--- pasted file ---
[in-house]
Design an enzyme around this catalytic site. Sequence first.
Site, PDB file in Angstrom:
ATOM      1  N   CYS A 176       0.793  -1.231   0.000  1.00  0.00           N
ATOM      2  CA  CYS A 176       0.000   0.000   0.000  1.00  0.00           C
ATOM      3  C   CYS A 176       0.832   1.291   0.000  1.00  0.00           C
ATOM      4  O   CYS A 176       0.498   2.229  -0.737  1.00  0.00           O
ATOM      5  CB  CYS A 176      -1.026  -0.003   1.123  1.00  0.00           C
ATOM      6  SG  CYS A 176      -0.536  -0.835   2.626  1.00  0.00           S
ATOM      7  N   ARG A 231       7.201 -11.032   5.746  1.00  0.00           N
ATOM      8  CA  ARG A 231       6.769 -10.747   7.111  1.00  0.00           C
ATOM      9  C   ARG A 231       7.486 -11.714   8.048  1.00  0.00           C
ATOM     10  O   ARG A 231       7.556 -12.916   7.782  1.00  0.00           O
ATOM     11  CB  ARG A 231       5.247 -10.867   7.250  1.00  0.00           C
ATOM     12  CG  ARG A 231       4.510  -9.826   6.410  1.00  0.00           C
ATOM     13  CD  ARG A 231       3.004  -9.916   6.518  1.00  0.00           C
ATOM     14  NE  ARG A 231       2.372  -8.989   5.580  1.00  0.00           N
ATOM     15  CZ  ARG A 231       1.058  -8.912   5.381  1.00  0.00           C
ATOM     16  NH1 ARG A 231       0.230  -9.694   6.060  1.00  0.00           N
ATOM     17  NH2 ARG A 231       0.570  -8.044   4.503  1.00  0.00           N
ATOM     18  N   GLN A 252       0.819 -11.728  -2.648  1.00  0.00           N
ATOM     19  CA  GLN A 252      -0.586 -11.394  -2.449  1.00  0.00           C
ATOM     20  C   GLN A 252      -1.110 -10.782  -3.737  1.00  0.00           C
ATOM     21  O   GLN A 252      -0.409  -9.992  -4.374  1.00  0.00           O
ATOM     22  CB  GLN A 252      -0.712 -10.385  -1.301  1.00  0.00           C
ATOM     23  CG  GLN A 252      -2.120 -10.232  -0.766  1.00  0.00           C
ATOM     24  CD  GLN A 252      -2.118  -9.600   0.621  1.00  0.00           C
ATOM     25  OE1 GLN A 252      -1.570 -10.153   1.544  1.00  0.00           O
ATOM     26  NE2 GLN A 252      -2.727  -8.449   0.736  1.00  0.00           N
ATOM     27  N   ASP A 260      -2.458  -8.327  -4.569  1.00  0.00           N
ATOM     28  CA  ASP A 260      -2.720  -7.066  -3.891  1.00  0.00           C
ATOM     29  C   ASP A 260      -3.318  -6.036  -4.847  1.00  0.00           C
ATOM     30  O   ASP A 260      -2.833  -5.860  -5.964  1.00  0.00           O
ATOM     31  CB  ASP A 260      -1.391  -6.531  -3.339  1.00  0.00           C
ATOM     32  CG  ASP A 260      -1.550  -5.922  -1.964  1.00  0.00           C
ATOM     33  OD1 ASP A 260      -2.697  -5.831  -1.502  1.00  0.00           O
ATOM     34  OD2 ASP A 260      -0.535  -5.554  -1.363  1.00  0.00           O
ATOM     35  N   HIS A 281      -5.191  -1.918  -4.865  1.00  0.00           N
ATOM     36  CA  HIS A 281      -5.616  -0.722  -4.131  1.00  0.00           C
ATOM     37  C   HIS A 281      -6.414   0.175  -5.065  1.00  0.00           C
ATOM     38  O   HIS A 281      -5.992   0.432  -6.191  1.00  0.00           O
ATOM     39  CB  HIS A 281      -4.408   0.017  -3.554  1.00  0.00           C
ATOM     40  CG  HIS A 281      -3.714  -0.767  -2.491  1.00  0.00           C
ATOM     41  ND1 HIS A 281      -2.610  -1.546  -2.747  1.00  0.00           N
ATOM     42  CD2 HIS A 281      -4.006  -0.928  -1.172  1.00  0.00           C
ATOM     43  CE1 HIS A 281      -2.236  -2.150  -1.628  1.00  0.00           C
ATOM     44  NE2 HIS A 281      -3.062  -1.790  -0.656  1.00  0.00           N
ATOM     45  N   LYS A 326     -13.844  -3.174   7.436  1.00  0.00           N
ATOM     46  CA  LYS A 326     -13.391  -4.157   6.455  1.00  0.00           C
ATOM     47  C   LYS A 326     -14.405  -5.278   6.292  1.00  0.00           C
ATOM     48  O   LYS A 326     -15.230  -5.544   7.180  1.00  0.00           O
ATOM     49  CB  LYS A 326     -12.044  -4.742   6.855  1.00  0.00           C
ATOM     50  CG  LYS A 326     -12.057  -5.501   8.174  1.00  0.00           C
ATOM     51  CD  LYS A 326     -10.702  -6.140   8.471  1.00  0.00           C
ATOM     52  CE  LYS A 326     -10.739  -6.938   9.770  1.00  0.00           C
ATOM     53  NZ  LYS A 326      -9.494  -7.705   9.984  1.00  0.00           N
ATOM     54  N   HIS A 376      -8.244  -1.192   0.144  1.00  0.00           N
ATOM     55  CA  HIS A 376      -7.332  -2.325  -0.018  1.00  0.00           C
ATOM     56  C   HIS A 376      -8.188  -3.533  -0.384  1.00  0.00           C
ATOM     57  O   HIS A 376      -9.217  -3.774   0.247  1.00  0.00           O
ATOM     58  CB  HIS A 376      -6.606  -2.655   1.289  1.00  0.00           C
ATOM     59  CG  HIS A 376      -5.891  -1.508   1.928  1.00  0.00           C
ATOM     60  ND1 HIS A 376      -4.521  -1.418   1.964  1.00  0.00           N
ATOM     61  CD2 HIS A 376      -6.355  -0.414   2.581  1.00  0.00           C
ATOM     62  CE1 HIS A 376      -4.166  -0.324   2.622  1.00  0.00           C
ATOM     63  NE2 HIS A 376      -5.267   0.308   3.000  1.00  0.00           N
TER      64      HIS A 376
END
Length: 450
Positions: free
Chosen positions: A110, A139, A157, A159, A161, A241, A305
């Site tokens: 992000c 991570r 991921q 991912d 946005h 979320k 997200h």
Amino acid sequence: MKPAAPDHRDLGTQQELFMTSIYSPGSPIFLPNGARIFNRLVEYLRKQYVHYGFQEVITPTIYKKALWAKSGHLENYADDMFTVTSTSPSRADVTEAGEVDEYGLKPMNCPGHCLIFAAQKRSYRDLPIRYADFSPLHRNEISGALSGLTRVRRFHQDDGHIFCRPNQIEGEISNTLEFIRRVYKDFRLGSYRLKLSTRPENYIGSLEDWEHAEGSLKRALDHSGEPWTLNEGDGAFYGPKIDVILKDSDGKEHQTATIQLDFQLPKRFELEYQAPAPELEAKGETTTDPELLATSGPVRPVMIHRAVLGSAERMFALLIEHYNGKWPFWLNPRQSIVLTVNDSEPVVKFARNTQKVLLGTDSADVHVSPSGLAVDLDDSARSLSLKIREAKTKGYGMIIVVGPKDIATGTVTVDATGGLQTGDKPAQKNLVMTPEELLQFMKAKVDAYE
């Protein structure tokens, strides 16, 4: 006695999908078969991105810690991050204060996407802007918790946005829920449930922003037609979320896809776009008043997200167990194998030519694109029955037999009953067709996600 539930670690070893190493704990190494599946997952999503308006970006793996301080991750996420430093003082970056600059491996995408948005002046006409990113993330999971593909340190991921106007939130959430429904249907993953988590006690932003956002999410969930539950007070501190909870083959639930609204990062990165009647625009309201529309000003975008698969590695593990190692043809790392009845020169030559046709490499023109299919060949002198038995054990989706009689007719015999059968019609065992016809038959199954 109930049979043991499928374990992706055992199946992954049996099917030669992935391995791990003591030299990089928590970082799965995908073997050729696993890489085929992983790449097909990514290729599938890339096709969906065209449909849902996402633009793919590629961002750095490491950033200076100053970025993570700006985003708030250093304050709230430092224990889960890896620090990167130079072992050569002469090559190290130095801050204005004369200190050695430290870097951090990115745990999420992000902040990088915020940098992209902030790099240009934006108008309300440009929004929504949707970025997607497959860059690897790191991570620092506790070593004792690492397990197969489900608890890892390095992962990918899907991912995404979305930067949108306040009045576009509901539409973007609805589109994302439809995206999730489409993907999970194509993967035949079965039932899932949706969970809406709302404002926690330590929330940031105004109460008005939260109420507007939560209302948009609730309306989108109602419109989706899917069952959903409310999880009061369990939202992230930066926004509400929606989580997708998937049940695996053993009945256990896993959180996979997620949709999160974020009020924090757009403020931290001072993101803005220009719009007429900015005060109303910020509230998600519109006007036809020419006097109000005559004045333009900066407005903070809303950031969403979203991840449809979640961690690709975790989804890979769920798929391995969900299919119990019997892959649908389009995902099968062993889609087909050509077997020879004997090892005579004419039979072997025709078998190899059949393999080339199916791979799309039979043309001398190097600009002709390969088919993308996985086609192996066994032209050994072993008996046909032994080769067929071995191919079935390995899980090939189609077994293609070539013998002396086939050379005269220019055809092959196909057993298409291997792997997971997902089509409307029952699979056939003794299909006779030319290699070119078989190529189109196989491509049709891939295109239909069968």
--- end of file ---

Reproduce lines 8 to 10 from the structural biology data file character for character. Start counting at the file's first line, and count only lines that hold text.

ATOM      5  CB  CYS A 176      -1.026  -0.003   1.123  1.00  0.00           C
ATOM      6  SG  CYS A 176      -0.536  -0.835   2.626  1.00  0.00           S
ATOM      7  N   ARG A 231       7.201 -11.032   5.746  1.00  0.00           N